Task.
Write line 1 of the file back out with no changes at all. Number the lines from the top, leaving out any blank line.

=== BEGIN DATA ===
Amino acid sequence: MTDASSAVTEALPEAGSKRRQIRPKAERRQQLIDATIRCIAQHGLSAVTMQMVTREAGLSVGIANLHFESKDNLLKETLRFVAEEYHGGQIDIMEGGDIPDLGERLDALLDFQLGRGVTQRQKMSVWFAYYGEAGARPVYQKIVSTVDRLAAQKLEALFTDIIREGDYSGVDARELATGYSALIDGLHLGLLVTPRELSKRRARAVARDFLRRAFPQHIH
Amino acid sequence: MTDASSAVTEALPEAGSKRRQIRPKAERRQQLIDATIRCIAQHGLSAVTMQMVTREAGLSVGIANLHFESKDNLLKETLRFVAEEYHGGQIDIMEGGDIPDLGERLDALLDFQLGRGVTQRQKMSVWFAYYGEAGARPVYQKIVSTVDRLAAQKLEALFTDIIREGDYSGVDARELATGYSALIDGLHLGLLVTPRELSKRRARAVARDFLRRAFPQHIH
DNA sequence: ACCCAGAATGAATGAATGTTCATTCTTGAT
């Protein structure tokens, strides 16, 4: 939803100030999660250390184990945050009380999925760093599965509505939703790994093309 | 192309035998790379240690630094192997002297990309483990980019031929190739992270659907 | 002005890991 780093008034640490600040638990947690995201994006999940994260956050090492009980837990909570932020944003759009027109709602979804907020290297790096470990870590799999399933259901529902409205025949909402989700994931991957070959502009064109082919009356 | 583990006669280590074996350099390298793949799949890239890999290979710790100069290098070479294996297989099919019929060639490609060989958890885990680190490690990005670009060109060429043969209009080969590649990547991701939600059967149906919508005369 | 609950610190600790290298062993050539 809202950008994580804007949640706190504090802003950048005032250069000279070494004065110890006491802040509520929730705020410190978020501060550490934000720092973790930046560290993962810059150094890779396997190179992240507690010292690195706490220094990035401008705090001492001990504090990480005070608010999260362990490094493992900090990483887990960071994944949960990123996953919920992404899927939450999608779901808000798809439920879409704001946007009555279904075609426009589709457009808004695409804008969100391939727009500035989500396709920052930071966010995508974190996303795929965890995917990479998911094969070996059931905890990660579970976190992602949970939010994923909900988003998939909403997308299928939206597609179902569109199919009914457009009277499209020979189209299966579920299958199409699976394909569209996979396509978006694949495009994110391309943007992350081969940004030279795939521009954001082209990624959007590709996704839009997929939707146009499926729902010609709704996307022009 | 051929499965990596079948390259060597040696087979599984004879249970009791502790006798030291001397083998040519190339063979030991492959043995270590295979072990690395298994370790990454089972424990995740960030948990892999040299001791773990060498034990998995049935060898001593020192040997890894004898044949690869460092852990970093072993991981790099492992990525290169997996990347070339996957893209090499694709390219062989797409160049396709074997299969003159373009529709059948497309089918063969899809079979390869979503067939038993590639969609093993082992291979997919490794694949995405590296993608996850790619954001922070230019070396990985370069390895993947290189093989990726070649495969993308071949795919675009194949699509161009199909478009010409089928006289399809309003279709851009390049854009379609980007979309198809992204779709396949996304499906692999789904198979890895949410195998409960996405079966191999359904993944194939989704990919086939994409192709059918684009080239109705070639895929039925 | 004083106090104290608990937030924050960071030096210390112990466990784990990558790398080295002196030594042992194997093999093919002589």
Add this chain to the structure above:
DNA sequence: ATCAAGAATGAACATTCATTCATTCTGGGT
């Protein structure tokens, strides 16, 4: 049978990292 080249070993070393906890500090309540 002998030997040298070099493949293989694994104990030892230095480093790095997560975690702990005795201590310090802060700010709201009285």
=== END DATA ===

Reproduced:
Amino acid sequence: MTDASSAVTEALPEAGSKRRQIRPKAERRQQLIDATIRCIAQHGLSAVTMQMVTREAGLSVGIANLHFESKDNLLKETLRFVAEEYHGGQIDIMEGGDIPDLGERLDALLDFQLGRGVTQRQKMSVWFAYYGEAGARPVYQKIVSTVDRLAAQKLEALFTDIIREGDYSGVDARELATGYSALIDGLHLGLLVTPRELSKRRARAVARDFLRRAFPQHIH